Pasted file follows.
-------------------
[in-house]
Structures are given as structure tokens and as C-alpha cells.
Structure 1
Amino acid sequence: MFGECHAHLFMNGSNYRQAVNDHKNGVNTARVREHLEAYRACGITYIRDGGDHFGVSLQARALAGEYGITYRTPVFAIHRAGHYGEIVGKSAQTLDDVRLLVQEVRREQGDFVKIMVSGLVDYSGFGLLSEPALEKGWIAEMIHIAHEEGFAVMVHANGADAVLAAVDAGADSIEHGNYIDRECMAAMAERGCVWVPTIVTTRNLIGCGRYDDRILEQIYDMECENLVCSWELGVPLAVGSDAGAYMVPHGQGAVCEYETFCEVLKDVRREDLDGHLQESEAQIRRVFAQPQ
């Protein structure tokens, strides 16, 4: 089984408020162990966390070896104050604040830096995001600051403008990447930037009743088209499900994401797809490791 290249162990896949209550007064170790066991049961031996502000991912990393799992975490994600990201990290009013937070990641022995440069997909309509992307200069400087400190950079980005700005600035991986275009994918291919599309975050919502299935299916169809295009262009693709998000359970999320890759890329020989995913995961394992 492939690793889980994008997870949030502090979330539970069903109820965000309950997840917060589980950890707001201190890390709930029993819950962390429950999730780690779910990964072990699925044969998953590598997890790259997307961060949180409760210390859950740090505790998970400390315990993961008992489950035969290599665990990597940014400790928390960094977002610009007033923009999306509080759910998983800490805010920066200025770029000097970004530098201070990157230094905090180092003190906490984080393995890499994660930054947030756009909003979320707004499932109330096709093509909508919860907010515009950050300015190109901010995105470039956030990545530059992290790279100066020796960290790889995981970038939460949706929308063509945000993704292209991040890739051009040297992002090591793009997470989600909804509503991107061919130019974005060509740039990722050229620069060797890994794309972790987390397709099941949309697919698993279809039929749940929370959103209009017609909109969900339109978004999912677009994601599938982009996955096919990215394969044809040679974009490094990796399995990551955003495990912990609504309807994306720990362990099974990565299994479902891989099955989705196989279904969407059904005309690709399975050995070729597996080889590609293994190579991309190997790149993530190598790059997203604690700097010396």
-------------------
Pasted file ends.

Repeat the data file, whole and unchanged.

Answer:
[in-house]
Structures are given as structure tokens and as C-alpha cells.
Structure 1
Amino acid sequence: MFGECHAHLFMNGSNYRQAVNDHKNGVNTARVREHLEAYRACGITYIRDGGDHFGVSLQARALAGEYGITYRTPVFAIHRAGHYGEIVGKSAQTLDDVRLLVQEVRREQGDFVKIMVSGLVDYSGFGLLSEPALEKGWIAEMIHIAHEEGFAVMVHANGADAVLAAVDAGADSIEHGNYIDRECMAAMAERGCVWVPTIVTTRNLIGCGRYDDRILEQIYDMECENLVCSWELGVPLAVGSDAGAYMVPHGQGAVCEYETFCEVLKDVRREDLDGHLQESEAQIRRVFAQPQ
């Protein structure tokens, strides 16, 4: 089984408020162990966390070896104050604040830096995001600051403008990447930037009743088209499900994401797809490791 290249162990896949209550007064170790066991049961031996502000991912990393799992975490994600990201990290009013937070990641022995440069997909309509992307200069400087400190950079980005700005600035991986275009994918291919599309975050919502299935299916169809295009262009693709998000359970999320890759890329020989995913995961394992 492939690793889980994008997870949030502090979330539970069903109820965000309950997840917060589980950890707001201190890390709930029993819950962390429950999730780690779910990964072990699925044969998953590598997890790259997307961060949180409760210390859950740090505790998970400390315990993961008992489950035969290599665990990597940014400790928390960094977002610009007033923009999306509080759910998983800490805010920066200025770029000097970004530098201070990157230094905090180092003190906490984080393995890499994660930054947030756009909003979320707004499932109330096709093509909508919860907010515009950050300015190109901010995105470039956030990545530059992290790279100066020796960290790889995981970038939460949706929308063509945000993704292209991040890739051009040297992002090591793009997470989600909804509503991107061919130019974005060509740039990722050229620069060797890994794309972790987390397709099941949309697919698993279809039929749940929370959103209009017609909109969900339109978004999912677009994601599938982009996955096919990215394969044809040679974009490094990796399995990551955003495990912990609504309807994306720990362990099974990565299994479902891989099955989705196989279904969407059904005309690709399975050995070729597996080889590609293994190579991309190997790149993530190598790059997203604690700097010396």